For an early diagnosis of Lyme disease, a two-to-three-week course of antibiotics may be administered by a health professional to help ease symptoms and aid in quicker recovery. 

In cases where Lyme disease has spread throughout the body, treatment may involve intravenous antibiotics for up to 28 days, to eliminate the infection. Intravenous antibiotics can have side effects, however, and an individual may require a longer time to recover.

Fast fact:Post-treatment Lyme disease refers to an ongoing set of symptoms after the treatment. Some of these symptoms can include muscle aches and fatigue.

Where Can I Learn More About Lyme Disease? 

There’s limited knowledge of Lyme disease in Australia but here are some resources for more information:

Where you can get help

If you or a child has been bitten by a tick and presents symptoms of Lyme disease, consult your doctor. If you are seriously injured, seriously unwell or have a life-threatening medical emergency, call Triple Zero (000) or go to a hospital emergency department immediately.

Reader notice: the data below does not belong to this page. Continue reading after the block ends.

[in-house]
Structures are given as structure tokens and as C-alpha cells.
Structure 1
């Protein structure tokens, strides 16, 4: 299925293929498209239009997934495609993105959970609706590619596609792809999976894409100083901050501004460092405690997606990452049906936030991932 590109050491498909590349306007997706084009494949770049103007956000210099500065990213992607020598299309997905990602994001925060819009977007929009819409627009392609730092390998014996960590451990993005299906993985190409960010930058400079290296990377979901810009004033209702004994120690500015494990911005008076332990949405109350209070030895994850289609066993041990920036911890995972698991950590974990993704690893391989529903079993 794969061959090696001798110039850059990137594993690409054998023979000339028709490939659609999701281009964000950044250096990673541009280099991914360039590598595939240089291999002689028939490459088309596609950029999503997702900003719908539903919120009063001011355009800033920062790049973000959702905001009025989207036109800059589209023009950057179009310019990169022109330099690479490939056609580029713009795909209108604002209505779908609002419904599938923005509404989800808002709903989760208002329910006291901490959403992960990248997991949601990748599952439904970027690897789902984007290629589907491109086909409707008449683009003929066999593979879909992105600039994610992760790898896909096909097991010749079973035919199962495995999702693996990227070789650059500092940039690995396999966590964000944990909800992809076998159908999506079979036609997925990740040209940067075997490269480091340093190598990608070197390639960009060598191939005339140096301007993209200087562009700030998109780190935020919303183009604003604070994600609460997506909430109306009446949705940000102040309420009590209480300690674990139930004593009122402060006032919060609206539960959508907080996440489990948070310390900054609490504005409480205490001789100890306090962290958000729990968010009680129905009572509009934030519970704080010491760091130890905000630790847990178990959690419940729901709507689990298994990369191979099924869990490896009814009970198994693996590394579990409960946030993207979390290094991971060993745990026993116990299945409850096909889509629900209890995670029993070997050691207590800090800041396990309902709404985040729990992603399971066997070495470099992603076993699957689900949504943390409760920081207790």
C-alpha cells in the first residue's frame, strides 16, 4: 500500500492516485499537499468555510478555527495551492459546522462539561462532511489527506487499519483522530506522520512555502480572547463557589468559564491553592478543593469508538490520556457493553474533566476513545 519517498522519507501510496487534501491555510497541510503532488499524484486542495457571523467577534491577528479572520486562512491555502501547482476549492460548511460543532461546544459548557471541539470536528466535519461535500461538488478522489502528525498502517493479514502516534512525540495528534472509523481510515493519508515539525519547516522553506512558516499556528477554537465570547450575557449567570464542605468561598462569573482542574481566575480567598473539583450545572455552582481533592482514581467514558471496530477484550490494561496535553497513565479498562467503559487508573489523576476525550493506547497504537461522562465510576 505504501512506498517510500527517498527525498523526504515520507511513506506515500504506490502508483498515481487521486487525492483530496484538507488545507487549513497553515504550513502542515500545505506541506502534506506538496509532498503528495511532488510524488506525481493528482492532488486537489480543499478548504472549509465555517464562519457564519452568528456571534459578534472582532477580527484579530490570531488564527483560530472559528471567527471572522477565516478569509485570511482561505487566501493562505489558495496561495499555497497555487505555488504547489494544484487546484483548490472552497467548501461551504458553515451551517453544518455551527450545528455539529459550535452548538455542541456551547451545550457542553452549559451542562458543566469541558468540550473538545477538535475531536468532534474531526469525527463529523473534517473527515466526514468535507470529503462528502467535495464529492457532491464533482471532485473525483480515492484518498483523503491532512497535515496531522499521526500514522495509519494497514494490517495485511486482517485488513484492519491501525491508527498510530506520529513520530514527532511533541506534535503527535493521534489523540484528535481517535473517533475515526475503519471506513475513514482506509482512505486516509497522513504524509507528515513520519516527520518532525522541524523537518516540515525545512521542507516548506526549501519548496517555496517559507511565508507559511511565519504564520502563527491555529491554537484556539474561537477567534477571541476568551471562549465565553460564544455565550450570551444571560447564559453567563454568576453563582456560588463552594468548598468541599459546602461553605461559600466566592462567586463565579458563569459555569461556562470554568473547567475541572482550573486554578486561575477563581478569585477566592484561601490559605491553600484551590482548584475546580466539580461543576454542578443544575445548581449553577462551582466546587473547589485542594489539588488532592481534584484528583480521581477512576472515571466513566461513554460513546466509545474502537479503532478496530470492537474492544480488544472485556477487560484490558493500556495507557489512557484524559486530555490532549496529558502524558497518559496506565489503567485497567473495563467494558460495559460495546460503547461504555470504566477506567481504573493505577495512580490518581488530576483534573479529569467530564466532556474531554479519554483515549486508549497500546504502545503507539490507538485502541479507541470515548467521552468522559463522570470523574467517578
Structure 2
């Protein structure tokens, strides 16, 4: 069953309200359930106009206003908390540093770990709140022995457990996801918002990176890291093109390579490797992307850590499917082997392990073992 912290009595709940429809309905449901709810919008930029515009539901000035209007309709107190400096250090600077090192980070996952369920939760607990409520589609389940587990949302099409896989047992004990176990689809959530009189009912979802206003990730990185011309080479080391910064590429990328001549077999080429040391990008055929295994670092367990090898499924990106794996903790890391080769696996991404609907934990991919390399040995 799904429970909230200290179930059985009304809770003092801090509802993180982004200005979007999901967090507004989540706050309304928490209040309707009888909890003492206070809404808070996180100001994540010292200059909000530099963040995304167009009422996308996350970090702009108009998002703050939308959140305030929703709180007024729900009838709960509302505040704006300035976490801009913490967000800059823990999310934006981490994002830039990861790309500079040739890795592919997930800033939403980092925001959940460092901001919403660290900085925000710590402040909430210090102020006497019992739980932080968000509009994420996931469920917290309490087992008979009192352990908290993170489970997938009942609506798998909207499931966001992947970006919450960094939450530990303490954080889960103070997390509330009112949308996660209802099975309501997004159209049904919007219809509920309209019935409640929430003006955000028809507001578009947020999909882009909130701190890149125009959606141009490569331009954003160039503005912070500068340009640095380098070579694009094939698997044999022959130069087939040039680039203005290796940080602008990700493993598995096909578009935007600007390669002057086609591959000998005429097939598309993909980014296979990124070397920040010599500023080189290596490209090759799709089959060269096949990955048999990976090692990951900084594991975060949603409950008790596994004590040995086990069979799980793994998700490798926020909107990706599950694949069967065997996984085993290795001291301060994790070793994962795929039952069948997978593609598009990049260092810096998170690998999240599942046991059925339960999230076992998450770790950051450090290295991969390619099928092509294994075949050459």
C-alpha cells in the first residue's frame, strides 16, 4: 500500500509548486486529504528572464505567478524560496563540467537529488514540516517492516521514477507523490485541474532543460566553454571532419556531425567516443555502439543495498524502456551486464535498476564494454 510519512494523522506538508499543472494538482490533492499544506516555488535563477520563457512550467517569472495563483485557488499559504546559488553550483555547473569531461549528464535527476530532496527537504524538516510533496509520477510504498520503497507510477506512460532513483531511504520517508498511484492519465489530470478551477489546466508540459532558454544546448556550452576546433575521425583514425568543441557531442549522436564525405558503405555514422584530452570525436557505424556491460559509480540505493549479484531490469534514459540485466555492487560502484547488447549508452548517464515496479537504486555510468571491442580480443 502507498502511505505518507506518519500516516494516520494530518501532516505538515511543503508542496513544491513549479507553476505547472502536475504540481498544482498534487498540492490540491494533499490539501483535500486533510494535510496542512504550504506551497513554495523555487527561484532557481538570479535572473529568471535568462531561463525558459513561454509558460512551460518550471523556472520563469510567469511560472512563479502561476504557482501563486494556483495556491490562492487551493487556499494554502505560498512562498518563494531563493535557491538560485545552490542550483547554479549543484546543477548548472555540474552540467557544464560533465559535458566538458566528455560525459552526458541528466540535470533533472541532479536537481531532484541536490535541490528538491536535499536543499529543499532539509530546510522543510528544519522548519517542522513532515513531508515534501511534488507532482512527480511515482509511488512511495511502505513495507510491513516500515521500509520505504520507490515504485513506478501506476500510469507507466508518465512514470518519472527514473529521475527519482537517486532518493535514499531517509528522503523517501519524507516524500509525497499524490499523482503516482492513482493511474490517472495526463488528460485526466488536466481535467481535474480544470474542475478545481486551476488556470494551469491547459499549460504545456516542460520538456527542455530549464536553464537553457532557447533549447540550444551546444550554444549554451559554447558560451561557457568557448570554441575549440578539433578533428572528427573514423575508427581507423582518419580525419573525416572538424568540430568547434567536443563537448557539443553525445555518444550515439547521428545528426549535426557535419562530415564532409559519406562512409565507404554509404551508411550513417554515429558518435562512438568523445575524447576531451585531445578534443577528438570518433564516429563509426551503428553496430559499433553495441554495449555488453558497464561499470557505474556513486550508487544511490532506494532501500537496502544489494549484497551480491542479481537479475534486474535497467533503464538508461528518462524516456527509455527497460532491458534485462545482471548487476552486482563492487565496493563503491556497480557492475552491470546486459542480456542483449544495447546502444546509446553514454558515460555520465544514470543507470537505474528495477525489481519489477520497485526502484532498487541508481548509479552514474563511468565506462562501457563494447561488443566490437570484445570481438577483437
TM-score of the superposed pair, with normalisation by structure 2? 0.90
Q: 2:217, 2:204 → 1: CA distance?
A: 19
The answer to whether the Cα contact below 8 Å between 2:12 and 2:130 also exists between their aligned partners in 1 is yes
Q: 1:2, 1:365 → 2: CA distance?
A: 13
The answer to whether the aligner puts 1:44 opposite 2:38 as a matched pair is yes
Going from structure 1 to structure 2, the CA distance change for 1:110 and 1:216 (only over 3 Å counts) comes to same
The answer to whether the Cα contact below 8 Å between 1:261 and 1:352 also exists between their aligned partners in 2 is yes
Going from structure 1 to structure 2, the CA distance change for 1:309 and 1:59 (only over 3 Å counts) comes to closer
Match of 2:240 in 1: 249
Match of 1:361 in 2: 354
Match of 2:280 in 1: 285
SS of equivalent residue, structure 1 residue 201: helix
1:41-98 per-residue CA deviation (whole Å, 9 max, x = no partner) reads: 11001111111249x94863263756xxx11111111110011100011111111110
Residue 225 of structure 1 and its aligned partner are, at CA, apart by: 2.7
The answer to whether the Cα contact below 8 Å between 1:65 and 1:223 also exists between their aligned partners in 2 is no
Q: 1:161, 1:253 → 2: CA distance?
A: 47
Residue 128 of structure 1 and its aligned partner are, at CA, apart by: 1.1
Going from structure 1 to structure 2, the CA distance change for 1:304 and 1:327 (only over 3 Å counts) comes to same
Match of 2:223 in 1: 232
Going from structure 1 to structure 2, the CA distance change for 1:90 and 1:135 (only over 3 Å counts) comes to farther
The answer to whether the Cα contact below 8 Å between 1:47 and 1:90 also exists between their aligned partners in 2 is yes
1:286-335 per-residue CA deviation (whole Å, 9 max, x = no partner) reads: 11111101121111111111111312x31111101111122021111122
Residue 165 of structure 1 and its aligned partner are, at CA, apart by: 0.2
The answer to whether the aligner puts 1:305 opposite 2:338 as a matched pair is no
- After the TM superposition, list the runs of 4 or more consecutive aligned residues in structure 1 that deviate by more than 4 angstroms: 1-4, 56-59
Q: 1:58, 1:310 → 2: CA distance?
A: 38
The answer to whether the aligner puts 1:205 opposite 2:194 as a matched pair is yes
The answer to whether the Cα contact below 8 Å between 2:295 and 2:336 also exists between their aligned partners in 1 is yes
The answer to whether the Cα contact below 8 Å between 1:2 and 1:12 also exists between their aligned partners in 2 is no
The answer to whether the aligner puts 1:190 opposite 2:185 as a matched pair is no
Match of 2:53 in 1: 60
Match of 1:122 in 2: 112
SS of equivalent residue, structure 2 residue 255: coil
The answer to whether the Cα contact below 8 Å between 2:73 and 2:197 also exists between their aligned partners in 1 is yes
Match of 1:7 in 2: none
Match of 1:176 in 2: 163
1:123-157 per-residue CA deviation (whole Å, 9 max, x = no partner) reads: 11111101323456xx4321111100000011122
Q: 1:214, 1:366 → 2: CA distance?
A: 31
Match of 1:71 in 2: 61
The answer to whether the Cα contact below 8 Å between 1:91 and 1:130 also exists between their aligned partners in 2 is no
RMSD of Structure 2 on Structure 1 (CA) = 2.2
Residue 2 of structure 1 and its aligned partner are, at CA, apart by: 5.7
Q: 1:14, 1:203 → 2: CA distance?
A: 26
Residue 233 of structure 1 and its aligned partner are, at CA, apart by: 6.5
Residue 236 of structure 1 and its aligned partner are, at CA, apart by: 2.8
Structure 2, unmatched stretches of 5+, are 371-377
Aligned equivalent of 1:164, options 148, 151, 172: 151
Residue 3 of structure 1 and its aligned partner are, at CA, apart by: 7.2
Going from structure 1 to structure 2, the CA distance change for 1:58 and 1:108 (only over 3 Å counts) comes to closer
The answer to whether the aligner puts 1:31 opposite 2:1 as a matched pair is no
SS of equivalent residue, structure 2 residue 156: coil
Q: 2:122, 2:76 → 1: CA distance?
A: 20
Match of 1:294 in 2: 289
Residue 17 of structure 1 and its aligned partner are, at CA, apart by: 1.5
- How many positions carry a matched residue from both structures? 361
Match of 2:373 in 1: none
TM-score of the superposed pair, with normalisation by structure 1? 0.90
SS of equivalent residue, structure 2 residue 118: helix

You can also seek support by:

  • Contacting your local public health unit on 1300 066 055.
  • Getting in touch with your local GP. Find a list of local health practitioners near via Health Direct.

Learn more about how Homage can help here


Provide the best care to your loved one today!

  1. Statistics. (2022, July 27). Lyme Disease Association of Australia. Retrieved September 16, 2022, from
  2. Alliance, G. L. (n.d.). Lyme Disease Testing – Global Lyme Alliance. Retrieved September 16, 2022, from
About the Writer
Shona Yang
Shona Yang is a freelance writer and content creator based in Sydney. She writes for charities, startups and other organisations and is passionate about human rights and minority voices. In between walking her Beagle and drinking coffee, Shona loves to travel.